in abundance and we would pick guavas at our leisure whenever we were hungry.
There is a strong reliance in the land and ocean to provide food for the locals as well as
a deep spiritual connection.
I have no doubt that Gods hand was on every detail of this swim and the build up to it.
Showing us a rainbow the day before the swim at the blessing ceremony and 1 the day
we left the island. The welcome and acceptance form the local people, the unity of
everyone despite such unique personalities and the near perfect swim conditions, are
all undeniable stamps of God’s hand at work.
I could totally live island life. The simplicity, dependence on the land and delicious diet
plus general respect for nature is inspiring. The increased tourism is a boost for the
economy but also brings with it problems of its own as demand for western food and
drink starts to impact the island vibe and natural way of living.
With our growing consumerism globalisation and tourism in the western world, we have
lost the slow pace, hard working lifestyle of the past. Rapa Nuin’s could teach us a thing
or two about authentic sustainable living, community and connection.
I walk away from this experience richer than before, not due to the accomplishment of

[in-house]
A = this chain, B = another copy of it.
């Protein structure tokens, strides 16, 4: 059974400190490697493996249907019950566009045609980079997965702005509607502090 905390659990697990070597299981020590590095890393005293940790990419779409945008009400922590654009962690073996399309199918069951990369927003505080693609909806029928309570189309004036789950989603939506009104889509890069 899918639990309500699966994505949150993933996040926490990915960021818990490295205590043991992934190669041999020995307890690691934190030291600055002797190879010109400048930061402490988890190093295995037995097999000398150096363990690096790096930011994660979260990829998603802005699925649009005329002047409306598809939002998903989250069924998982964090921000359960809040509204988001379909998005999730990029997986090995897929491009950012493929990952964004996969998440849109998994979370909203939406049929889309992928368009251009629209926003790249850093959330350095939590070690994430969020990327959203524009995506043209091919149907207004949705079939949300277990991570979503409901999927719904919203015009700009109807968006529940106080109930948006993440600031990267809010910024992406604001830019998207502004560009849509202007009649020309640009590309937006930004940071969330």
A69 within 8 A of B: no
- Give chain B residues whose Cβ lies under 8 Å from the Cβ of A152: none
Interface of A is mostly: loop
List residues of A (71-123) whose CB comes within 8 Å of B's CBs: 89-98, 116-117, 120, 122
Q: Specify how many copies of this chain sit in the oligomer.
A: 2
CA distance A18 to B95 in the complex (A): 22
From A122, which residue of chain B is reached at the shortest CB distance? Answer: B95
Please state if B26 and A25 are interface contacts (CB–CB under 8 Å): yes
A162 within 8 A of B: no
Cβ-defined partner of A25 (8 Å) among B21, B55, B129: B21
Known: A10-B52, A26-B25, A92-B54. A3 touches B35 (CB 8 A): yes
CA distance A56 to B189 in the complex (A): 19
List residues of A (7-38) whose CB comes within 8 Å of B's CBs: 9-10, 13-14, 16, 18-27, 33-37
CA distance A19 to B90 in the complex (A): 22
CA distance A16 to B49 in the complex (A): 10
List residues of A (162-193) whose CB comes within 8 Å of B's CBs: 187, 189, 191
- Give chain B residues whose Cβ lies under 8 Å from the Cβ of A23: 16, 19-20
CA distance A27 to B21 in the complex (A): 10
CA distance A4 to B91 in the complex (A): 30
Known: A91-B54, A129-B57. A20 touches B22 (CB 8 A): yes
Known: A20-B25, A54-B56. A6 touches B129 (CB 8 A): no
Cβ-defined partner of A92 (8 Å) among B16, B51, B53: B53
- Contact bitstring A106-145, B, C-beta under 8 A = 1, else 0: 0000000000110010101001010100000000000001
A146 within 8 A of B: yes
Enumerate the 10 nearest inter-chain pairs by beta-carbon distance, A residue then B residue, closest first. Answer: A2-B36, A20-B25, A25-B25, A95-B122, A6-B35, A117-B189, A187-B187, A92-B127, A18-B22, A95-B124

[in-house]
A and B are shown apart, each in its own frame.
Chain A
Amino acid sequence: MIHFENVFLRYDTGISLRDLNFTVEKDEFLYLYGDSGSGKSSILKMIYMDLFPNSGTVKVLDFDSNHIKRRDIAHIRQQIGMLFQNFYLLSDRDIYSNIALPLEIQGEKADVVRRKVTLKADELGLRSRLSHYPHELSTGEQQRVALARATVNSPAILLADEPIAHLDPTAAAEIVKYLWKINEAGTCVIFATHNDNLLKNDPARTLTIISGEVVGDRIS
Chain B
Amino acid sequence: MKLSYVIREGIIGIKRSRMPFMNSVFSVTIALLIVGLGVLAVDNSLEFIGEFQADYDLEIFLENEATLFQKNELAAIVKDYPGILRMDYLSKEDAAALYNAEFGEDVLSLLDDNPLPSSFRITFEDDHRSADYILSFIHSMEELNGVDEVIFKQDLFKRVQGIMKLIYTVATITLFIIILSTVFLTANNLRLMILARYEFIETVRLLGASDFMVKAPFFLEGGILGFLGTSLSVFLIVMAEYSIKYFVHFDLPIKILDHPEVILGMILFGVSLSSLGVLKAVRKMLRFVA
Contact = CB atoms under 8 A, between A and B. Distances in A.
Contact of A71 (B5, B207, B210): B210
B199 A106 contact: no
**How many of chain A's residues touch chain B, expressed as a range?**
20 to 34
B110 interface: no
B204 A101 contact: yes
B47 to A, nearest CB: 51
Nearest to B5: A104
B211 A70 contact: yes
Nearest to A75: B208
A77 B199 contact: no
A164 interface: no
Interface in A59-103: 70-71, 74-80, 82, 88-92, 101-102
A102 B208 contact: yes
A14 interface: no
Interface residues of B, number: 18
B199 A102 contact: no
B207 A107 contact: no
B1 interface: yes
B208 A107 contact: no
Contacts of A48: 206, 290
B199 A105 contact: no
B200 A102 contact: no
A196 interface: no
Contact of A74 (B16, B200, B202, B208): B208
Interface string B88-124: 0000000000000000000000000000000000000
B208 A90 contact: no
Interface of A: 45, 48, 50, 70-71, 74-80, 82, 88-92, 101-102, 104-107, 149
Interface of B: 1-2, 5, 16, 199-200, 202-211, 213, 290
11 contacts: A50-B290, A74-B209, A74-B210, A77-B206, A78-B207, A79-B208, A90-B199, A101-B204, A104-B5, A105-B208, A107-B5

a world record, but because of deep connections with incredibly generous people.
Satisfied with an unbelievable team effort to create a world record for a swim against
plastic that not only changed my life, but I think meant so much to the local community
Kareema Shaik, Senior Associate at Adams & Adams joins us to talk about the legal
pitfalls of offensive branding and how brands and budding can catch the eye without
offending intended customers
Tonight Melinda talks about her time with the new John Cooper Works Mini Countryman and Clubman editions of the cult classic Mini CooperLISTEN TO PODCAST
Sydelle Smith's exhibition currently on display in Goverment Avenue in the Company
Gardens is the culmination of a 5 year project looking at whiteness in South Africa,
titled Un/Settled it takes a look at the priviledge associated with whiteness and how
white people view themselves in SA
An interesting Facebook post by former journalist Simone Heradien asked a interesting
question, how would we have reacted if a female sports star was shown in her
underwear celebrating a win ? You can bet she wouldn't be celebrated as Faf was after
Simone joins us live from the CapeTalk studios.
Video's on social media shows tornado's ripping through KZN earlier today. In New
Hanover, KZN you can see massive trees ripped up what looks like a tornado.
Our guests on the line: DJ, founder of Storm Report SA and KZN Cogta spokesperson Lennox Mabaso.
Glittering sunlight beckons at the end of the cobalt tunnel. Glide across the water’s
surface, dance with the sway of the board, and feel the rush of the wave collapsing.
Surfing is one of the most thrilling ways to experience the ocean. But it’s expensive. The
cost of the sport, from lessons to surfboards and wetsuits, keeps many people onshore.